What Does Workplace Discrimination Entail?
When an individual or group of people is treated unfairly or unequally in the workplace due to particular qualities, discrimination has occurred. Race, ethnicity, gender identity, age, handicap, sexual orientation, religious views, and national origin are examples of these protected qualities. It is possible for coworkers, job candidates, or employees and their employers to engage in discrimination at work. Discrimination is illegal whether it is done knowingly or unintentionally. Despite the existence of anti-discrimination legislation for more than fifty years, the majority of Americans still feel discriminated against in some fashion. Three out of five persons say they have encountered age discrimination at work. 35% of Black employees and 49% of Black human resources professionals believe that discrimination exists in their employment (almost four to five times more than their white colleagues). Additionally, a 2020 survey indicated that LGBTQ+ people face serious prejudice in their daily life, at work, and even when seeking medical care. Whether we like to admit it or not, there is and has always been workplace discrimination. Your staff is undoubtedly impacted, even if you think your workplace is impervious. Also, WFH has opened up scopes for side hustles, and moonlighting jobs, and employees have been pursuing their co-curricular skills more aggressively. From traveling, blogging, handicrafts, participating in multiplayer gaming tournaments, or even playing at their favorite casinos listed on popular sites such as captaingambling.com, WFH has been a boon.
How Has the Workplace Altered as a Result of Remote Work/Work From Home (WFH)?
Many past and present clients have admitted that they are working more diligently now than they were before the outbreak. As a result of the pandemic’s unquestionably significant economic impact on employers nationwide, there have been a lot of layoffs and furloughs, as well as new work-from-home opportunities. This pattern suggests that a new workplace culture is taking shape where managers are paying closer attention to the time, output, and contributions of their staff members. In order to avoid being put on the “chopping block,” many employees work harder, longer, and more intensely when facing the possibility of firing or furlough.
Despite calls from employers to return to the office, many employees, especially those from underrepresented groups, prefer to stay from home. According to a LinkedIn analysis, women, people of color, and Latinos are more likely to apply for and get hired for work-from-home (WFH) positions. In comparison to those who work hybrid or on-site, remote workers are more likely to agree that their firm treats every employee fairly across all minority groups assessed. This might be a result of their capacity to tailor work settings to specific requirements, supervisors who evaluate performance more fairly using outcome-based measures, or a general decline in toxic behaviors.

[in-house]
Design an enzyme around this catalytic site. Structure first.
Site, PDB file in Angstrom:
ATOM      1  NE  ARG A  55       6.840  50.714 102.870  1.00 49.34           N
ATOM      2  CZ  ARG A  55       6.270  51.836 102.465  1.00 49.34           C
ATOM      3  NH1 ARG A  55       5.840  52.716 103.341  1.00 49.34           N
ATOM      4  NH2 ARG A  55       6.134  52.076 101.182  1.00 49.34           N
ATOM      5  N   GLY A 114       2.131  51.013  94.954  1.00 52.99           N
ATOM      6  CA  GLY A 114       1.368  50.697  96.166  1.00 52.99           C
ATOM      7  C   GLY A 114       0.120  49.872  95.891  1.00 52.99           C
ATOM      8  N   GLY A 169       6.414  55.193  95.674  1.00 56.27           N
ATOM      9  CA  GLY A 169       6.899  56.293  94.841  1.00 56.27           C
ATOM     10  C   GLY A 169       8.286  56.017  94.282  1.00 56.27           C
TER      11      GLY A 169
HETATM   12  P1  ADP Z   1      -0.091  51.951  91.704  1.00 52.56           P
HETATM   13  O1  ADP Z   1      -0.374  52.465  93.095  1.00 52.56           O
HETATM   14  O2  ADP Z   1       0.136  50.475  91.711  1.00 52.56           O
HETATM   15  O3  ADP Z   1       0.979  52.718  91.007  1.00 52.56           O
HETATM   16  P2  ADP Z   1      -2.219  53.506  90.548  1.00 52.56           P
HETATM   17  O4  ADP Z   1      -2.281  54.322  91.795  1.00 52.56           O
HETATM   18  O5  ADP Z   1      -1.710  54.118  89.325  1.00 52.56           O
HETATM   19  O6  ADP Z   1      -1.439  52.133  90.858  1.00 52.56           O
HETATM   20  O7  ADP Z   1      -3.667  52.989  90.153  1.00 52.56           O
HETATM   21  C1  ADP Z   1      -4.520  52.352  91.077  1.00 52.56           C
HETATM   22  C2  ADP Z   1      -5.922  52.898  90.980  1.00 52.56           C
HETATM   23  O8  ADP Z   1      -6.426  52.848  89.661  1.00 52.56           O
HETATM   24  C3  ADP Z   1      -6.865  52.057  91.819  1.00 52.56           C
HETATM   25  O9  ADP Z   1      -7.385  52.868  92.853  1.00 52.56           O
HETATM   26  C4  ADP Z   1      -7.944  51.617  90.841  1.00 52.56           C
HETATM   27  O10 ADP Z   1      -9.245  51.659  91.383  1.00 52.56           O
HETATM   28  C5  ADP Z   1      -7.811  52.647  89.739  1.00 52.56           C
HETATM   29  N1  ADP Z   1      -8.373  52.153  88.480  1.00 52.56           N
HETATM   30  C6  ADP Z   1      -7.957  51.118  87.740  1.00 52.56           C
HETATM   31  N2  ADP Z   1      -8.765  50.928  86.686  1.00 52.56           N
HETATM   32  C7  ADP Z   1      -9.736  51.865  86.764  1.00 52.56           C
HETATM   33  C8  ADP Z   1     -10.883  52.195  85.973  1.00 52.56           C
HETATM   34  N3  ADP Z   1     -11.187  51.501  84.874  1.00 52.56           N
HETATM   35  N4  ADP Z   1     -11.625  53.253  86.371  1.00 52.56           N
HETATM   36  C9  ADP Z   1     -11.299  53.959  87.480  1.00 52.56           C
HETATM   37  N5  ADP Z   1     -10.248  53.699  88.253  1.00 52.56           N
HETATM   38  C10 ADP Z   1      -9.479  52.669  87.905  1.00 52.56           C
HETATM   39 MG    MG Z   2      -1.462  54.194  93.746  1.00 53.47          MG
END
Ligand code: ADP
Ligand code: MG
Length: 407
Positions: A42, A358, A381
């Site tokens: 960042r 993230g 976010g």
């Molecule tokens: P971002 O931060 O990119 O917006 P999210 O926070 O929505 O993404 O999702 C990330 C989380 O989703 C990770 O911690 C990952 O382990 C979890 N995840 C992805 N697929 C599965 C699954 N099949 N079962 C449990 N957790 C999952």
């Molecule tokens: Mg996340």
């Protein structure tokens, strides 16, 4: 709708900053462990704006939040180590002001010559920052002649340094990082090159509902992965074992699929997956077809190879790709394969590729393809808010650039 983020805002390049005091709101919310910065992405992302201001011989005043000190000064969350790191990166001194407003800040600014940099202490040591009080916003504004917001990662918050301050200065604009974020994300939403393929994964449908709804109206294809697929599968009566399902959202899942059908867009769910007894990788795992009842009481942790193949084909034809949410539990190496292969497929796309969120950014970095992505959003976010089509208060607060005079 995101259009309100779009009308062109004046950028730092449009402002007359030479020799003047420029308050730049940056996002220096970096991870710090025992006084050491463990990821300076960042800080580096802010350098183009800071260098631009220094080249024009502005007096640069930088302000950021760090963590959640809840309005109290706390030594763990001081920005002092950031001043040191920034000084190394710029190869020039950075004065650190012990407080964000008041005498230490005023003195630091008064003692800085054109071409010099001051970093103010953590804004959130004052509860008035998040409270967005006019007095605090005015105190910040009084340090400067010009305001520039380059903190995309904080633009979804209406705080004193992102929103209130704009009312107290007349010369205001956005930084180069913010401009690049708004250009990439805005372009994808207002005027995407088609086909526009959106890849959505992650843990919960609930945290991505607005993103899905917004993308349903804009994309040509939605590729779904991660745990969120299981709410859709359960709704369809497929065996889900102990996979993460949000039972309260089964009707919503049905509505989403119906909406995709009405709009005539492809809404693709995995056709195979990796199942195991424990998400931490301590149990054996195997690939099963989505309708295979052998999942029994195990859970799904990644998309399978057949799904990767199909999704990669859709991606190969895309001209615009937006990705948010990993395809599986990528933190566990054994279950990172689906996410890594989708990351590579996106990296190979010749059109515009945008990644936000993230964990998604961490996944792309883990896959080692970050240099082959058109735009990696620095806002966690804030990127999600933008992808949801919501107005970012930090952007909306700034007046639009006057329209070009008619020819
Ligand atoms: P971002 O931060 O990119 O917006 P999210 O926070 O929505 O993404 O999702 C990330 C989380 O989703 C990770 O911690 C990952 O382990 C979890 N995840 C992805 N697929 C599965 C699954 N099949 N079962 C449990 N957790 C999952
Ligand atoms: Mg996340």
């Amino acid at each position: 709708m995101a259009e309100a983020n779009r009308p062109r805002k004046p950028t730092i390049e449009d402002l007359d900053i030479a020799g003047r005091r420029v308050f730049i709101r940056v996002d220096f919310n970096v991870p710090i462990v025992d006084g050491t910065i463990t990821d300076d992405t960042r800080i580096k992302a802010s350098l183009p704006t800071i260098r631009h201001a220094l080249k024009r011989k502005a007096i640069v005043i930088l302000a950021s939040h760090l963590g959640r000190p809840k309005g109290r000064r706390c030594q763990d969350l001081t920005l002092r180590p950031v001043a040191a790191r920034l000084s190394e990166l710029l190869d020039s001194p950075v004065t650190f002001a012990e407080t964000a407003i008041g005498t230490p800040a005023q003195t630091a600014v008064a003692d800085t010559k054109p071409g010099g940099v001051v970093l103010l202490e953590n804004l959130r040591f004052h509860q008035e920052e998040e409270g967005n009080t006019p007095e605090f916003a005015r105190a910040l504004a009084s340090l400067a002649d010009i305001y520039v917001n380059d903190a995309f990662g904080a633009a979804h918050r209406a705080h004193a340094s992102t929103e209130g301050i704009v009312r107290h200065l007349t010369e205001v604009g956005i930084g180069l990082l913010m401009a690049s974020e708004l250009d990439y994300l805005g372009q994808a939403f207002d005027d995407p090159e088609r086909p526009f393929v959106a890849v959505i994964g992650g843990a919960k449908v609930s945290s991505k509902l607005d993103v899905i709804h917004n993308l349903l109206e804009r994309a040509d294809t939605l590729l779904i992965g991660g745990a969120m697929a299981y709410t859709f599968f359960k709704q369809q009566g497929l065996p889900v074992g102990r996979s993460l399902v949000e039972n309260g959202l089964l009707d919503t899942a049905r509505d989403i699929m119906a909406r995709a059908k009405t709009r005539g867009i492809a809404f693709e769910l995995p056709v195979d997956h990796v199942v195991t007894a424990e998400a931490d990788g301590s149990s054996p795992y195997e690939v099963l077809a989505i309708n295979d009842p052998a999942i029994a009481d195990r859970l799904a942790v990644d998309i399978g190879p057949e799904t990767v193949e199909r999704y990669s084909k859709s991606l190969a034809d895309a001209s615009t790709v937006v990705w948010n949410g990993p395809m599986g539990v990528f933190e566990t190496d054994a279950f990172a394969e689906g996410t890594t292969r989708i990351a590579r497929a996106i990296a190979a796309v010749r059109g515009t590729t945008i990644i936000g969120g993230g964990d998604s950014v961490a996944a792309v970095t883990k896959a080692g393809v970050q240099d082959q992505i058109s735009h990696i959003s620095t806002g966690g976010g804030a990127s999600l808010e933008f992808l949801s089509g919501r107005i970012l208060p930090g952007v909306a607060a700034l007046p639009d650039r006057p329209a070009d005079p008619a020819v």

Has Discrimination at Work Really Been Affected by Working from Home?
Despite the fact that many people work from home, there has sadly been a lot of employment discrimination. Actually, we are noticing an increase in the number of companies utilizing COVID “economic effect” justifications as a cover for discriminatory grounds to fire workers. This discriminatory behavior was observed against a wide range of protected classes, including pregnancy, handicap, color, religion, gender, age, sexual orientation, and sexual harassment. Additionally, the effectiveness of the “digital era” in the workplace has been highlighted through remote working. We have observed that responses, assignment submissions, and other work-related activities can occur relatively fast using a variety of technological platforms.
But that same quickness and effectiveness have also surfaced in the realm of harassment and discrimination. For instance, because they are aware they do not have to confront someone in person, harassers are now more confident to send offensive emails and text messages. Employers have been repeatedly found to have discriminated against working mothers because of their “familial status” as the primary caregiver in their homes. This has included failing to promote them, treating them differently than their male coworkers, and/or repeatedly making gender-specific remarks like “women are emotional” and maybe one should be a stay-at-home mother instead of working. Precautions and steps must be taken to stop these kinds of harassment worldwide.
Employees are still protected from harassment and discrimination whether it occurs in person or virtually, despite the fact that they are working from home more often than before. Regardless of whether workers are in the office or working from home, companies must be aware of their employees’ rights, which essentially have not altered.